Assessing the Development of Competence during Postgraduate Cognitive-Behavioral Therapy Training

By Barnfield, Tracey V.; Mathieson, Fiona M. et al. | Journal of Cognitive Psychotherapy, July 1, 2007 | Go to article overview

Assessing the Development of Competence during Postgraduate Cognitive-Behavioral Therapy Training


Barnfield, Tracey V., Mathieson, Fiona M., Beaumont, Graeme R., Journal of Cognitive Psychotherapy


This article investigates the development of competency in cognitive-behavioral therapy (CBT) as a result of a postgraduate training course in CBT in Wellington, New Zealand. Thirteen experienced mental health professionals attended the half-time 30-week-long course. Preliminary data are presented on the development of knowledge as assessed at the beginning and end of the course by a modified version of the Behaviour Therapy Scale (Freiheit & Overholser, 1997), other-rated competence as measured by the Cognitive Therapy Scale-Revised (Blackburn, Milne, & James, 1997), and supervisor and student evaluations of competence in particular skill areas. All students improved in specific CBT skills as a result of training. The extent that students improved and variations around the other outcome measures, together with the limitations of this pilot study and suggestions for improvements for future investigations, are discussed.

Keywords: competence; psychotherapy training; cognitive therapy; rating scales

As part of the current trend toward managed care (Stern, 1993), there is a growing demand for mental health service providers to provide short-term evidence-based psychotherapies (Ruth & Fonaghy, 1996). There is empirical support for the efficacy of cognitive-behavioral therapy (CBT) for a wide range of disorders (described in Leahy, 2004). This has seen its growth as an integral part of treatment service provision. Subsequently, a number of training programs for mental health professionals have been developed, but there is a need to ascertain whether they are effective so as to ensure optimal use of resources.

One measure of training program effectiveness is the actual level of competence that a graduate of the program demonstrates. Therapist competence is typically inferred from results of therapy outcome studies (Stein & Lambert, 1995) rather than being directly assessed within the structure of training programs. While patient change is the desired corollary of competence, it is an insufficient and unreliable measure because changes in the patient may be associated with a variety of variables that are independent of the therapist's competence (James, Blackburn, Milne, & Reichfelt, 2001).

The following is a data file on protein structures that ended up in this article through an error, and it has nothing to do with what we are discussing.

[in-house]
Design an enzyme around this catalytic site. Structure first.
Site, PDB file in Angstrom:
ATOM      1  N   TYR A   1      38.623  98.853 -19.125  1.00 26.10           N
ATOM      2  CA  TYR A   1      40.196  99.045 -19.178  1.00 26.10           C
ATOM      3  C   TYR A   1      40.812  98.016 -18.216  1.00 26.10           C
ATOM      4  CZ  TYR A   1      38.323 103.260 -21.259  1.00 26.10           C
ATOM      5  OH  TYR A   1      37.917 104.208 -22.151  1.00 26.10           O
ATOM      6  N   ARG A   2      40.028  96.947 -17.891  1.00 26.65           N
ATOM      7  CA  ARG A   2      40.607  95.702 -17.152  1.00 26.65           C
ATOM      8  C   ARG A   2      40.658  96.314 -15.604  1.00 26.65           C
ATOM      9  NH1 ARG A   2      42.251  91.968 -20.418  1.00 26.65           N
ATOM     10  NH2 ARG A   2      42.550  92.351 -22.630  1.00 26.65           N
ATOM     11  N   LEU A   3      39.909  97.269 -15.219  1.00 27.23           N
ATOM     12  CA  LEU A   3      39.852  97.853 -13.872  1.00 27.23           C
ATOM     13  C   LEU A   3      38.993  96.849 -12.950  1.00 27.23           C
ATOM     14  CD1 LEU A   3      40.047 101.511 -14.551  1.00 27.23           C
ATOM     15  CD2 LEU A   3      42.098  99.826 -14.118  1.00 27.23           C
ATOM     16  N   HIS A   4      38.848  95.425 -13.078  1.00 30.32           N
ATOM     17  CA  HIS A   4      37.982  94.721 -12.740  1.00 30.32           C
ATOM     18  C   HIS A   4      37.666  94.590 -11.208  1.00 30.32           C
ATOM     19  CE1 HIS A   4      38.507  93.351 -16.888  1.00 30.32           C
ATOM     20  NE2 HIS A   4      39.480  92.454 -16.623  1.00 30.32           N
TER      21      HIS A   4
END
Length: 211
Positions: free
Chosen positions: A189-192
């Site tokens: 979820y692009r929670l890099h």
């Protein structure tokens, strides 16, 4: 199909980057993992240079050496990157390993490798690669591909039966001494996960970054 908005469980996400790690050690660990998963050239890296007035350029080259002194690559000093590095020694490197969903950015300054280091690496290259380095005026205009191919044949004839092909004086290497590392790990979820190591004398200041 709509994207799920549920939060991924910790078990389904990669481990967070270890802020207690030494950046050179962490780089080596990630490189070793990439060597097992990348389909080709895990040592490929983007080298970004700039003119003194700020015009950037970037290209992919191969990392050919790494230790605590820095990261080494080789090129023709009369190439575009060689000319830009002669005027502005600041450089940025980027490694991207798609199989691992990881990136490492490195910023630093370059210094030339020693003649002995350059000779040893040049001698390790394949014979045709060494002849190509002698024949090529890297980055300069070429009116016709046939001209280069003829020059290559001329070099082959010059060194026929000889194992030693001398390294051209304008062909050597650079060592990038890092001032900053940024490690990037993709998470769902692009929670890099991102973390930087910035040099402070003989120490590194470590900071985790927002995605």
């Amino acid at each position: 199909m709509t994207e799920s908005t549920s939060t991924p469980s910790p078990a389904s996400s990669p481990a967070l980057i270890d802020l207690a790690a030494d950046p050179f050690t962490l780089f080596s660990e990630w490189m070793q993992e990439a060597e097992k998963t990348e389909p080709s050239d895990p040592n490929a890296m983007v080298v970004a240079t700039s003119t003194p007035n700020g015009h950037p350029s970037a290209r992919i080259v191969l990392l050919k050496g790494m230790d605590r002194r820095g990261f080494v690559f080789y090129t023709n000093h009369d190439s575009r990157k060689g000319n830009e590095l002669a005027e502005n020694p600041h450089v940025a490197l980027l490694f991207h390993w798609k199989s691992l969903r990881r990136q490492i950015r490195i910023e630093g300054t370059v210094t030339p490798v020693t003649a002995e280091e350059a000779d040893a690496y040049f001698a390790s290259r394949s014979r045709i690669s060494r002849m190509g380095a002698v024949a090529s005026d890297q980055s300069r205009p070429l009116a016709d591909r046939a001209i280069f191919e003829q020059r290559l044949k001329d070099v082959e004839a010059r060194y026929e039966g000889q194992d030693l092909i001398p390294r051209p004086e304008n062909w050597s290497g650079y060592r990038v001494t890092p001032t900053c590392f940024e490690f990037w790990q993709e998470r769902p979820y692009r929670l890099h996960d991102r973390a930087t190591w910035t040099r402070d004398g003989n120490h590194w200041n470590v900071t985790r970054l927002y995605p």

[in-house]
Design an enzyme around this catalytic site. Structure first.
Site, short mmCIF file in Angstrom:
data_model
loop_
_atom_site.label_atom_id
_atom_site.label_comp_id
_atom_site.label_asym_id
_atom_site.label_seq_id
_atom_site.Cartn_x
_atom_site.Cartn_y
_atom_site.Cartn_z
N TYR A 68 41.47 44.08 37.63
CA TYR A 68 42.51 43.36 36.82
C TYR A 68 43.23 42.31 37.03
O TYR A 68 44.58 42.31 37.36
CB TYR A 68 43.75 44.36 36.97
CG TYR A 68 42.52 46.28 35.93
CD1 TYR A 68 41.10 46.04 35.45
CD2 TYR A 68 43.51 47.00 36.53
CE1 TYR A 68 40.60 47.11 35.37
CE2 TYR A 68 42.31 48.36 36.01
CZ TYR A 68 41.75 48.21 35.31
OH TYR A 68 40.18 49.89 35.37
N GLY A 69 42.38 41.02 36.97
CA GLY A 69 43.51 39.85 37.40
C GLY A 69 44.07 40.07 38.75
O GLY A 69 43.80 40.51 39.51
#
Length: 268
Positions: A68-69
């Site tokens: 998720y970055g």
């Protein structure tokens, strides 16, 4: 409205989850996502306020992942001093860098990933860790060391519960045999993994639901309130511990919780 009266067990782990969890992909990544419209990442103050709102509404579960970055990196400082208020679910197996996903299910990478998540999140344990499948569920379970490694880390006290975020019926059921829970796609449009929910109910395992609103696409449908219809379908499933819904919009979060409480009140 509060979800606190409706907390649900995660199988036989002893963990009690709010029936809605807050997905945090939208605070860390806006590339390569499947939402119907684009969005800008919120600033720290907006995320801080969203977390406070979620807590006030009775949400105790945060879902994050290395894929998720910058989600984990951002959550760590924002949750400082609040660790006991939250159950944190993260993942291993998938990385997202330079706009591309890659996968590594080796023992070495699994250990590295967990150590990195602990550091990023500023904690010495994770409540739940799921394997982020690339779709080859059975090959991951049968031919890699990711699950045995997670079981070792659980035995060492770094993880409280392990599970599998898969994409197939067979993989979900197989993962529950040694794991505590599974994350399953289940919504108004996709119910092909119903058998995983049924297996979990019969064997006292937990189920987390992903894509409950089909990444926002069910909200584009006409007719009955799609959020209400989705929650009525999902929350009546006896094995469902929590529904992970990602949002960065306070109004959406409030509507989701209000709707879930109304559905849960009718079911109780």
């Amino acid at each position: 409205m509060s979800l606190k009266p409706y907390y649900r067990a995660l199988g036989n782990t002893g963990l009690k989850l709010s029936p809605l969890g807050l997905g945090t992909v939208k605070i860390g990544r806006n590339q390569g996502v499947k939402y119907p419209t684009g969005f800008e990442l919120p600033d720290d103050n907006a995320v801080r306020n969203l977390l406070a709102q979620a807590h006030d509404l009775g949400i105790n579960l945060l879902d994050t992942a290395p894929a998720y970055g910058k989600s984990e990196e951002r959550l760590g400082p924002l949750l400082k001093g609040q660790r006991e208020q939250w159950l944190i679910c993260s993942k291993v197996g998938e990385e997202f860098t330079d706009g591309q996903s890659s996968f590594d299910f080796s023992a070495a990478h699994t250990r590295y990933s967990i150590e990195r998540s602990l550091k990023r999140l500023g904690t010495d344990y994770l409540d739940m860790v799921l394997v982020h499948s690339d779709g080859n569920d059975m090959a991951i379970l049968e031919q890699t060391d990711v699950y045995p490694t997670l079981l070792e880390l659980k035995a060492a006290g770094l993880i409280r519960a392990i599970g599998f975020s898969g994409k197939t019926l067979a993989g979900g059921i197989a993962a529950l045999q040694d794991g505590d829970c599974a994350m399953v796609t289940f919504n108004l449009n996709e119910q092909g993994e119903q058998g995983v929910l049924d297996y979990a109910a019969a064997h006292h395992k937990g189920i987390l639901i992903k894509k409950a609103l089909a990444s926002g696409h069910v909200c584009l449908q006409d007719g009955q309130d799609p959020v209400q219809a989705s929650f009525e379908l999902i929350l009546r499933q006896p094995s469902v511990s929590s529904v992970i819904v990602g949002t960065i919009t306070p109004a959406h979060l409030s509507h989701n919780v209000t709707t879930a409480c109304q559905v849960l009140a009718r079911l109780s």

If the effectiveness of training programs is in part to be measured by the demonstrated competence of its graduates, then a reasonable definition of competence should be found (Binder, 1993). Competency has been defined in various ways, but there are common factors in such definitions. These are theoretical knowledge (Padesky, 1996; Shaw & Dobson, 1988), ability to conceptualize (Padesky, 1996), and skillful use of intervention techniques (Beutler, Crago, & Arizmendi, 1986; Padesky, 1996; Shaw & Dobson, 1988). These core features of adherence, skill, and interpersonal effectiveness can provide useful and measurable aspects of therapist competence.

In recent years, there has been a small but growing body of research examining the development of CBT competence as a result of training. The bulk of this research has focused on one or more of the three areas of competence identified previously.

Shaw and Wilson-Smith (1988) investigated the process of training and monitoring of competence for the National Institute of Mental Health trial of CBT for depression (Elkin, Parloff, Hadley, & Autry, 1985). Therapist skill was assessed using the Cognitive Therapy Scale (CTS) (Young & Beck, 1980), an 11-item rating scale designed to assess competency in applying CBT. Significant training effects over time were found for most trainees. The training aimed to bring all trainees up to a predetermined competence level, resulting in variable amounts of input for each trainee. This study, therefore, does not measure the effect of a standard training course.

Investigations of the acquisition of competence via standard training courses include a U.K.-based pilot study (Williams, Moorey, & Cobb, 1991). …

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